Broadly, there are two such methods. Targeted analysis provides a narrow snapshot of the chemistry involved. That means high confidence in chemical identification, but low sample throughput and low coverage of possible exposure molecules. Untargeted analysis measures all analytes in a sample. Though challenges of identification remain, this approach is better suited to comprehensively measuring the exposome's vast chemical space.

IMS as a new tool for analysis is an "appealing technique" for enhancing current exposome methods, the authors write. They favor the drift tube IMS format (DTIMS), which increases the dynamic range of existing LC-MS methods; provides "ultra-high" throughput even when combined with just MS; and leads to more frequent observations of previously undetected chemicals and metabolites.

Coping with Data

The volume of data from these new chemical observations will outpace the development of the reference data needed to make confident chemical identification. So the authors also explore a new informatics approach that uses computationally predicted collisional cross section (CCS) to assist in identification. (CCS is predicted from the structures of the molecules themselves.) An initial evaluation, using 11 metabolites, revealed a promising low error rate of around 2 percent.

For a full-scale implementation of IMS into standard exposomics workflows, challenges remain in analytical and data processes. For one, analytical methods need to be developed and tested in practice to validate robustness and to minimize any false annotation potential for exposome studies.

What's Next? Technologies are being tested to overcome the current resolution limitations of DTIMS, which are tied to the fact that drift tubes cannot practically go beyond a few meters. Stepping into the gap, the authors say, are Structures for Lossless Ion Manipulation (SLIM) devices capable of ultra-high resolutions.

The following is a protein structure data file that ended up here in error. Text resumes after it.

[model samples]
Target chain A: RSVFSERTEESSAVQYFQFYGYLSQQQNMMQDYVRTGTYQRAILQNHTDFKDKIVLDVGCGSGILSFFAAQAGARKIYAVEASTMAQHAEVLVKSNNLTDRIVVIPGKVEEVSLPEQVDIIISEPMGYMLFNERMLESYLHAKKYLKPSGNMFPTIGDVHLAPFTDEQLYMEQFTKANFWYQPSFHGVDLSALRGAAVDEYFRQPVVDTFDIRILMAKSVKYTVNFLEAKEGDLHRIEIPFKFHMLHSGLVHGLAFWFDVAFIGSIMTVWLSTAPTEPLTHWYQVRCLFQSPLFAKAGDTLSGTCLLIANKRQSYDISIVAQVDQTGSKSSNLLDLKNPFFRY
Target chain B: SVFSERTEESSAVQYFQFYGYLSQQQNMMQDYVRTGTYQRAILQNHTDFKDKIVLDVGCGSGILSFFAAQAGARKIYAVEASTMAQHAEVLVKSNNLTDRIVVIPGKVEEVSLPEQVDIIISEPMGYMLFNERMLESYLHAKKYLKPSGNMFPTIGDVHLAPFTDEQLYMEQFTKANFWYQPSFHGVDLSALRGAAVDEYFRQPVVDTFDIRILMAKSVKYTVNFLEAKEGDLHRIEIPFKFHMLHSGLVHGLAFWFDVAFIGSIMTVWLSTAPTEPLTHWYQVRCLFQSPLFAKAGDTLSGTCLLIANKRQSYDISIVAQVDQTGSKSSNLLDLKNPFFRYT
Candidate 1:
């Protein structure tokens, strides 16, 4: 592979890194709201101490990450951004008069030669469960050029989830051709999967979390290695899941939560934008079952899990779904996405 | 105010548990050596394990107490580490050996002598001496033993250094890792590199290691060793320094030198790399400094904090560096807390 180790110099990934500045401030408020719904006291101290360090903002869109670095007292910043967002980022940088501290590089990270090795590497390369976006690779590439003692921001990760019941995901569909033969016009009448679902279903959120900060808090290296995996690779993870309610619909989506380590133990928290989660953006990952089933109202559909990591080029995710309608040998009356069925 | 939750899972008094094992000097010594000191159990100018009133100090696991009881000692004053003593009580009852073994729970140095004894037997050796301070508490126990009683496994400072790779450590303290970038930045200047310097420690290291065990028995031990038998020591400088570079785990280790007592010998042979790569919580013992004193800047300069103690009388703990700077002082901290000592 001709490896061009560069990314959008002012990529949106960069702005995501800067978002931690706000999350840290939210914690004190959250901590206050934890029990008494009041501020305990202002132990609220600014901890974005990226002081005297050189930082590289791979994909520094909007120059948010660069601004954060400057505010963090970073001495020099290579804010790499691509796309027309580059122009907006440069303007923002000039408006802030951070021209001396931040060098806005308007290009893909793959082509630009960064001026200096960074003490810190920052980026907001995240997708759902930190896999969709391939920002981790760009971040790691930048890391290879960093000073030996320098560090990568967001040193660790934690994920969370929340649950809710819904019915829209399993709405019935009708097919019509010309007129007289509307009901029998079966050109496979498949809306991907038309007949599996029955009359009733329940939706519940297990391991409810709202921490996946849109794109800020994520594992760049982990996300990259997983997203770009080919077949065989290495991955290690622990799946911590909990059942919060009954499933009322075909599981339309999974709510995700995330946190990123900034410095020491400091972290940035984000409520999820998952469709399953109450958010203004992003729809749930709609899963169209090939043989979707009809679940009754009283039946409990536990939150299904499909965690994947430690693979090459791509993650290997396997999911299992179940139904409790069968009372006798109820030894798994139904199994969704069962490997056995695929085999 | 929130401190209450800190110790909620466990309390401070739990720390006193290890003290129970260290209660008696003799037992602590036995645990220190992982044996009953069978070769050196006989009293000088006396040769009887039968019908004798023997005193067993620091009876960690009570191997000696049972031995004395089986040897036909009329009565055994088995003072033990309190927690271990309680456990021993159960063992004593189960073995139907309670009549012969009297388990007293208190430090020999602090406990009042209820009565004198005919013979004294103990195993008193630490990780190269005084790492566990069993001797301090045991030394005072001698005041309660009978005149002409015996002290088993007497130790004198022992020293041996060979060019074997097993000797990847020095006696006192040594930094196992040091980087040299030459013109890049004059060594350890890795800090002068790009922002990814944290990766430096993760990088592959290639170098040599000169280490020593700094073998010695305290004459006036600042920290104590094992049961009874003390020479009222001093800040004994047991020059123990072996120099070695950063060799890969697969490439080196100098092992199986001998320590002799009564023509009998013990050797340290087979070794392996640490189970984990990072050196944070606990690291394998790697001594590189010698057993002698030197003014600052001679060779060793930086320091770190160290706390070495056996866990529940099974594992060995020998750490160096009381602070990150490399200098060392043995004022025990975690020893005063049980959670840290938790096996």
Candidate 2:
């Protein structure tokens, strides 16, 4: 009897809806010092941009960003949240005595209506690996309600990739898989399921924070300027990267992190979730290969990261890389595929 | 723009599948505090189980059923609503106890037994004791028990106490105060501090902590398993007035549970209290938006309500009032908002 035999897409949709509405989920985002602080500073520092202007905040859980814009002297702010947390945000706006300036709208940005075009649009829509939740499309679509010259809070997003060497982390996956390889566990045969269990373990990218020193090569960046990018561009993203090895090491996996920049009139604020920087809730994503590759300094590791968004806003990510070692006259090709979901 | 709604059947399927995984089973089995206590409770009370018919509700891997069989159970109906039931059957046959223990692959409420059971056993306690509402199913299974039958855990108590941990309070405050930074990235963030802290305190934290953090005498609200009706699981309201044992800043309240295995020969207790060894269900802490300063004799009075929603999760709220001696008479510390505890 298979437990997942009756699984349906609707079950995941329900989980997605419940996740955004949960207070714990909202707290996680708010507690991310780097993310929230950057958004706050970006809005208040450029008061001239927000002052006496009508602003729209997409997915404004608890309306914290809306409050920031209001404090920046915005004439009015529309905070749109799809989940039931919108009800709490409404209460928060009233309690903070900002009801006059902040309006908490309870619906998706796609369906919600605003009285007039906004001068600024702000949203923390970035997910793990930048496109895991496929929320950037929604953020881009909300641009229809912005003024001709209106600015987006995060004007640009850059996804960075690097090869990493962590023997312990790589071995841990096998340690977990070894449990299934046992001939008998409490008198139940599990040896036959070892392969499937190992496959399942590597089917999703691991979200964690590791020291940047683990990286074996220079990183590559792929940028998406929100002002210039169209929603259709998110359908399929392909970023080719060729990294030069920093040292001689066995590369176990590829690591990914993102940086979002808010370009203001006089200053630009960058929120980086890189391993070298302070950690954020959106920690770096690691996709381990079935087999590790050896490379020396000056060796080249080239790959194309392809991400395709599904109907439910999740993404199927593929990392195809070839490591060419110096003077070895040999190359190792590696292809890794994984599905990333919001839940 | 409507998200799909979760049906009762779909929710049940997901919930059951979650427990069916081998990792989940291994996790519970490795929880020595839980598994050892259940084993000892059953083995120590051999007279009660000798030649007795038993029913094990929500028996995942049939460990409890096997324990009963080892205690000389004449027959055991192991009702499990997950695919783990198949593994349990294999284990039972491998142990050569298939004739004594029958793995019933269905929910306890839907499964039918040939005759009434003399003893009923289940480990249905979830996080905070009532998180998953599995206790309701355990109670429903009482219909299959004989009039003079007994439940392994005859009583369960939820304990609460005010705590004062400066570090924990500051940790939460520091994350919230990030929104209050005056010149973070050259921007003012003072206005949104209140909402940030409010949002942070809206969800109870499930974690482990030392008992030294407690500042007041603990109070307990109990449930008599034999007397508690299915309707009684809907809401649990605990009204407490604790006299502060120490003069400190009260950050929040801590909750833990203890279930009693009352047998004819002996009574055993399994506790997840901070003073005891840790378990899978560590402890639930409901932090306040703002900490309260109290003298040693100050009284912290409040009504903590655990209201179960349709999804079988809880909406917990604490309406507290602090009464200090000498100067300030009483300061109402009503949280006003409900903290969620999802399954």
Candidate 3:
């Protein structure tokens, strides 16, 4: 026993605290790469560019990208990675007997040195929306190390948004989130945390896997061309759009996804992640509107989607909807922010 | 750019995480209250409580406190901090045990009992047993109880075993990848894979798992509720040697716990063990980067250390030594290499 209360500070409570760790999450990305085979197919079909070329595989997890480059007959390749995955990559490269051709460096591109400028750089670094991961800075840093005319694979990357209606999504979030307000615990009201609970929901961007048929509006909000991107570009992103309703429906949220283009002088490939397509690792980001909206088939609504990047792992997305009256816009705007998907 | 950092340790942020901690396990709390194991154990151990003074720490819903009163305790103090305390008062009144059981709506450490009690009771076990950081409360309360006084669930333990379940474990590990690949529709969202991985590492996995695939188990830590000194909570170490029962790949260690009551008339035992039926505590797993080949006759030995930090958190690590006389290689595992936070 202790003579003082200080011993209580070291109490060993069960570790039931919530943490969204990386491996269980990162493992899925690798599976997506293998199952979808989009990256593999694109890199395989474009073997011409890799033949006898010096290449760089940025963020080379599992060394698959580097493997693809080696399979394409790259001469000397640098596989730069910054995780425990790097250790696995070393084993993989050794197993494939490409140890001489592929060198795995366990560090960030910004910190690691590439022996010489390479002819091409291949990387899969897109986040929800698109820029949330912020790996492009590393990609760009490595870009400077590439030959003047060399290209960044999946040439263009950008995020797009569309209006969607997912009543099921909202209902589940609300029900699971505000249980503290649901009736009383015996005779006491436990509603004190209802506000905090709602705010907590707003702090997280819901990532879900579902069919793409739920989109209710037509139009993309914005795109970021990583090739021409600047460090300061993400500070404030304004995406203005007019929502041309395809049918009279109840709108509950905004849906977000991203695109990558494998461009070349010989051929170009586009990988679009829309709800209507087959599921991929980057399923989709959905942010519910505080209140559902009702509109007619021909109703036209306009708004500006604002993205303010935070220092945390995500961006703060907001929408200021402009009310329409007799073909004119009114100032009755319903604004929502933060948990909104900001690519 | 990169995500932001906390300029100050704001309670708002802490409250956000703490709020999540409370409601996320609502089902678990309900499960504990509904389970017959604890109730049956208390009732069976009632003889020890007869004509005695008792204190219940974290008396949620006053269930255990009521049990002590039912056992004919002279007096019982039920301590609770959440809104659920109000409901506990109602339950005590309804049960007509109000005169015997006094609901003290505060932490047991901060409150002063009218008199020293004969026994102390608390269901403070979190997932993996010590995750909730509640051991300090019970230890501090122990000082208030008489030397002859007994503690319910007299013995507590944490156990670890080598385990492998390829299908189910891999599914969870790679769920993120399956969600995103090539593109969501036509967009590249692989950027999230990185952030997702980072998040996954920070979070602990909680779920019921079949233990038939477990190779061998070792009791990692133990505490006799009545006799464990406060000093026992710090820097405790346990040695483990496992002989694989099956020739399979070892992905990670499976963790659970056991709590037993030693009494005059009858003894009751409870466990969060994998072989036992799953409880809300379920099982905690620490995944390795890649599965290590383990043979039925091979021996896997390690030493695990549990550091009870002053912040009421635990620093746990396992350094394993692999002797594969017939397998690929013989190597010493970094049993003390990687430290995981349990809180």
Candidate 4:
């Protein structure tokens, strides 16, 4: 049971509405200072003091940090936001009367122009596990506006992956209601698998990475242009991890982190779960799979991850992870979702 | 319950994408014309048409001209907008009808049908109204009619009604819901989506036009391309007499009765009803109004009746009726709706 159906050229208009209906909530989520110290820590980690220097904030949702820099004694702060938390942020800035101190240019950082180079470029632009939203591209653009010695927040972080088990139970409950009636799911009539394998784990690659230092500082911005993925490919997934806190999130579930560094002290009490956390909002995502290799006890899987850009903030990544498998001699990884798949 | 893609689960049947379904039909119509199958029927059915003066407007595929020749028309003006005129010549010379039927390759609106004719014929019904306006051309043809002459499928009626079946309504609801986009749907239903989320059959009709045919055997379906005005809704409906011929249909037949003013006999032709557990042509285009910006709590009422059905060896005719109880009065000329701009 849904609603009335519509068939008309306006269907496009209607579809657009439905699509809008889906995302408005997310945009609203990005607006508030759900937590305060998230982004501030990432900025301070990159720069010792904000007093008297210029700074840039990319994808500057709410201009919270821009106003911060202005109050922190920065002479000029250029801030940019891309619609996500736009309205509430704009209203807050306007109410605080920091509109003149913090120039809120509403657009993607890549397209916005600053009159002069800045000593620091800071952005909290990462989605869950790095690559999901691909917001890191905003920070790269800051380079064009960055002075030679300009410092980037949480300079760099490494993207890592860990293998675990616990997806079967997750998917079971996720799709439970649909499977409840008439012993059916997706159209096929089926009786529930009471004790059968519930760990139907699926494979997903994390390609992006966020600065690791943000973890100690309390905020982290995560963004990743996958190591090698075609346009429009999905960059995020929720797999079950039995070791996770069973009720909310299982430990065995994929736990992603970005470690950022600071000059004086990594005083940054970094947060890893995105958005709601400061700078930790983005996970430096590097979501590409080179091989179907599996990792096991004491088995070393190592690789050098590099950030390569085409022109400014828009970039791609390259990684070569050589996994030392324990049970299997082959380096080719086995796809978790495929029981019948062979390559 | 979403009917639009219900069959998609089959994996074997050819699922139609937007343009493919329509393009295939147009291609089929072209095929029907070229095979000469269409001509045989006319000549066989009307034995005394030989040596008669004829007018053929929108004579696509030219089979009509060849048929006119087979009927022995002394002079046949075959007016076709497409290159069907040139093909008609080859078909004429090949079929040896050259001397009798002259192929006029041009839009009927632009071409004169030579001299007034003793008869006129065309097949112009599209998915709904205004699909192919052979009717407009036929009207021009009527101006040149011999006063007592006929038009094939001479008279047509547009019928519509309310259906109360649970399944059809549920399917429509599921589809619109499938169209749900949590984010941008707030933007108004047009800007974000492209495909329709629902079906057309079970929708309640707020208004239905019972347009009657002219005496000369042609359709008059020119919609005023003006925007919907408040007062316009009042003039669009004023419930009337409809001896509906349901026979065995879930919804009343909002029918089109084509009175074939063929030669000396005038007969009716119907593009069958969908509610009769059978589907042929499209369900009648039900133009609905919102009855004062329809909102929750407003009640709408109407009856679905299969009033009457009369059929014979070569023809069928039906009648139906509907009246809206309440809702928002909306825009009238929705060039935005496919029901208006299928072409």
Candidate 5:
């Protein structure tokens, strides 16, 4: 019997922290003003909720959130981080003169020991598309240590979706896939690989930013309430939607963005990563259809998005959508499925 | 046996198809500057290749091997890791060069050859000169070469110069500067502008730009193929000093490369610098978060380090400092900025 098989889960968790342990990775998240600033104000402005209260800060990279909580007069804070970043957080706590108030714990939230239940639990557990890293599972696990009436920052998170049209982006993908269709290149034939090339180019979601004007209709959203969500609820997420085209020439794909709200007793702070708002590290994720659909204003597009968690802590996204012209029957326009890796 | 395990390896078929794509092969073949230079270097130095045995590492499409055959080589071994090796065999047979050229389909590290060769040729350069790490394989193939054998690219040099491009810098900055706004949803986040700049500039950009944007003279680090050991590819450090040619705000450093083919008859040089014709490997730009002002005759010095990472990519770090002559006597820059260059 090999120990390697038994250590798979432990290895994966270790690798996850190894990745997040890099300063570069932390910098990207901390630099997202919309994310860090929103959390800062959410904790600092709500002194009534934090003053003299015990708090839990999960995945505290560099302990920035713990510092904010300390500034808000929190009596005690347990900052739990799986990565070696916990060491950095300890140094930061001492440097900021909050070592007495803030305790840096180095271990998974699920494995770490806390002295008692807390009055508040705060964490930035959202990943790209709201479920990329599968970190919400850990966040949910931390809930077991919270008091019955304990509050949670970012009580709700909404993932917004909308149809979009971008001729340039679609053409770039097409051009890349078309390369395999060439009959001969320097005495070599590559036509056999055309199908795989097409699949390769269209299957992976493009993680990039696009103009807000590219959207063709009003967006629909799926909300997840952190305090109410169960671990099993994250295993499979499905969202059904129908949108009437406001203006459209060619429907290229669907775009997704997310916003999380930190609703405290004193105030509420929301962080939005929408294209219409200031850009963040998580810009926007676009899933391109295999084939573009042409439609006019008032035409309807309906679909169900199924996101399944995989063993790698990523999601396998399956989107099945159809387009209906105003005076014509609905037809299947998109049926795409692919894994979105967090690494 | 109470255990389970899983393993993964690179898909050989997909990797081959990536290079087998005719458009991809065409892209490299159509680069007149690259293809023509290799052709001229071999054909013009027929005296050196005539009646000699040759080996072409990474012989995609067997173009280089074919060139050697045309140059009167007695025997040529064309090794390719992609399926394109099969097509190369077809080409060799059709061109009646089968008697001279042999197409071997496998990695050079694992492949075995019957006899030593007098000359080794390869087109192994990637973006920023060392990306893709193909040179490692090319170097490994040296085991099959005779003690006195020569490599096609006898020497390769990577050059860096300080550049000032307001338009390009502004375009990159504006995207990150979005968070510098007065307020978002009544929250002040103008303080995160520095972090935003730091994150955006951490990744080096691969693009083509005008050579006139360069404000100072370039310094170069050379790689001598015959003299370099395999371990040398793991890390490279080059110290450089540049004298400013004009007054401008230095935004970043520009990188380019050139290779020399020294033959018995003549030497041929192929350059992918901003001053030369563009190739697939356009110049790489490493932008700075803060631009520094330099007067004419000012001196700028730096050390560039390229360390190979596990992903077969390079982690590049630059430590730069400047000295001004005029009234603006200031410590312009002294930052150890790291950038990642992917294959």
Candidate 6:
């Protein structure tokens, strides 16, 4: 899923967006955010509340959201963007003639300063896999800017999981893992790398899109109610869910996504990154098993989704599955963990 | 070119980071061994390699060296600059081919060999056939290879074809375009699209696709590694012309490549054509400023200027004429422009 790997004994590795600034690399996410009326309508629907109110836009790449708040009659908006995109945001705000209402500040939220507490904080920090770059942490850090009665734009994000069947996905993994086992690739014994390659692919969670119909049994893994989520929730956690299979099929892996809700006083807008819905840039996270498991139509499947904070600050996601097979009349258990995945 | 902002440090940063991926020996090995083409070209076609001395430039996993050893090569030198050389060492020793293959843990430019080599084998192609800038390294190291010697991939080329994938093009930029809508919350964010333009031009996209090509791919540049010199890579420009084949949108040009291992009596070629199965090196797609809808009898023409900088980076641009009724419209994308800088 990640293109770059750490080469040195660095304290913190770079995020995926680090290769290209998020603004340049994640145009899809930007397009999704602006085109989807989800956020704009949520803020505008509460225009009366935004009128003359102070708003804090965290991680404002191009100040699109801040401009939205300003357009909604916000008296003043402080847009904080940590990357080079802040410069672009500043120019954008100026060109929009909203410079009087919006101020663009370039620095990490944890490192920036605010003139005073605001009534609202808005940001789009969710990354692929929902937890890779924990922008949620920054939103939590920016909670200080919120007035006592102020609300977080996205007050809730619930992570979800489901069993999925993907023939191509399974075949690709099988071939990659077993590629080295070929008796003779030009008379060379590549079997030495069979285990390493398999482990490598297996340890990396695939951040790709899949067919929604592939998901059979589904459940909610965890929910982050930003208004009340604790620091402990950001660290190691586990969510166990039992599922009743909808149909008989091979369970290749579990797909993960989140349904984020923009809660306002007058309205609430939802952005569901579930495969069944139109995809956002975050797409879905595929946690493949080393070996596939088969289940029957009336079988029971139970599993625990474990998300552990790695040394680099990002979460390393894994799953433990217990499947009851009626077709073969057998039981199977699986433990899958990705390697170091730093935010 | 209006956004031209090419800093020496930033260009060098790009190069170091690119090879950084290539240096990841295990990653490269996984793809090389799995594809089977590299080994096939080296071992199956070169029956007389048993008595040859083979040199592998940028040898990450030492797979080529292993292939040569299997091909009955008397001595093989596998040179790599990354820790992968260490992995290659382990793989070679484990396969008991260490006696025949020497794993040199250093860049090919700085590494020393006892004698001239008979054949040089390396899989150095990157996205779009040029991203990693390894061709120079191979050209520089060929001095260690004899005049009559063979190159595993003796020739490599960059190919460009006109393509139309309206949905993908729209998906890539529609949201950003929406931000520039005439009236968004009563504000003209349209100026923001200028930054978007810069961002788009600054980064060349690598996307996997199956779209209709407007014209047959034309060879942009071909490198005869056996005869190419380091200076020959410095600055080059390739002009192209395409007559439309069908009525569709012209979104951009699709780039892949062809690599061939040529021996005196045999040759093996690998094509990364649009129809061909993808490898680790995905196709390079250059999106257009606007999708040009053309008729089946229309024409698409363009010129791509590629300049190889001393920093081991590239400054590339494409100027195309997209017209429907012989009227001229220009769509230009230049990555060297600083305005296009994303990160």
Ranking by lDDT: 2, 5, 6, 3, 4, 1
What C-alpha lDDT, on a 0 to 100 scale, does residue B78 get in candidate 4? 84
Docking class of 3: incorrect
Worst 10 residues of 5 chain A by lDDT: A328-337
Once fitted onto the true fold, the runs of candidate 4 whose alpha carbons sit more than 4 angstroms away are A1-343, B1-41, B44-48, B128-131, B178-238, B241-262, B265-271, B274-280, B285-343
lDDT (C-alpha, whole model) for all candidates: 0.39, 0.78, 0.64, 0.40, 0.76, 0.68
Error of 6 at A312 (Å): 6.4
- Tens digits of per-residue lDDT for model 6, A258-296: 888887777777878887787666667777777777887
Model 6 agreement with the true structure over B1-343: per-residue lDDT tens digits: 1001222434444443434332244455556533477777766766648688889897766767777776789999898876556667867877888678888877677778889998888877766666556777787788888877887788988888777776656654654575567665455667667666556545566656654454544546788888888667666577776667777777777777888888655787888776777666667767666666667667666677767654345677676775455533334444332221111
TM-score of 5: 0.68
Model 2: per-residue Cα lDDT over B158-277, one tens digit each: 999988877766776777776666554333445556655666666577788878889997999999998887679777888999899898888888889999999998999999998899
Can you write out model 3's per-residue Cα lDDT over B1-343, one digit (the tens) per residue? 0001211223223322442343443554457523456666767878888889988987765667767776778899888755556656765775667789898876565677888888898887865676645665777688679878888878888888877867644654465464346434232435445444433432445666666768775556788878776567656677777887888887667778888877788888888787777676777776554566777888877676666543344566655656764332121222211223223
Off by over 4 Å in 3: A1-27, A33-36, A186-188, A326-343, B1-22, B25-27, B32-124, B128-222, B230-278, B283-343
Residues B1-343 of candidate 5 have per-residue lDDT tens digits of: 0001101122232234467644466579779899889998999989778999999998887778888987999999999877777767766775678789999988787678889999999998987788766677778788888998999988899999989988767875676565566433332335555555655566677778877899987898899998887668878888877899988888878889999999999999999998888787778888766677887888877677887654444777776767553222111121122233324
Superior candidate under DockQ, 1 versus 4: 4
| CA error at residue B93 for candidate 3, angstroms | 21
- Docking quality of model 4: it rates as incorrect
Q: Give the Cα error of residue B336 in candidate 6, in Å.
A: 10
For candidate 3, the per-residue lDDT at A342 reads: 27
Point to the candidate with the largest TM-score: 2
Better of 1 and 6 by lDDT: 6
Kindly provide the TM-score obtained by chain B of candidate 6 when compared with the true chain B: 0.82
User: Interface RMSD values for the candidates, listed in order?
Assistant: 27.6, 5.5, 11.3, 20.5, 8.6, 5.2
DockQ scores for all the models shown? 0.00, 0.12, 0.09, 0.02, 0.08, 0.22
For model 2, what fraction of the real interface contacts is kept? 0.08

Sponsors: This work was supported by the Laboratory Directed Research and Development program at the Pacific Northwest National Laboratory (PNNL), and is a contribution of the Global Forensic Chemical Exposure Assessment for the Environmental Exposome project at PNNL, the Microbiomes in Transition initiative at PNNL, and the National Institutes of Health National Institute of Environmental Health Sciences.

Research Area: Biological Sciences

Research Team: Thomas O. Metz, Erin S. Baker, Ryan S. Renslow, Dennis G. Thomas, Ian K. Webb, Richard D. Smith, and Justin G. Teeguarden of PNNL. Emma L. Schymanski of the Swiss Federal Institute of Aquatic Science & Technology, Switzerland; and Tim J. Causon and Stephan Hann of the University of Natural Resources & Life Sciences, Austria.

Reference: Metz TO, ES Baker, EL Schymanski, RS Renslow, DG Thomas, TJ Causon, IK Webb, S Hann, RD Smith, JG Teeguarden. "Integrating ion mobility spectrometry into mass spectrometry-based exposome measurements: what can it add and how far can it go?" Bioanalysis (2017). Jan: 9(1):81-98. DOI 10.4155/bio-2016-0244.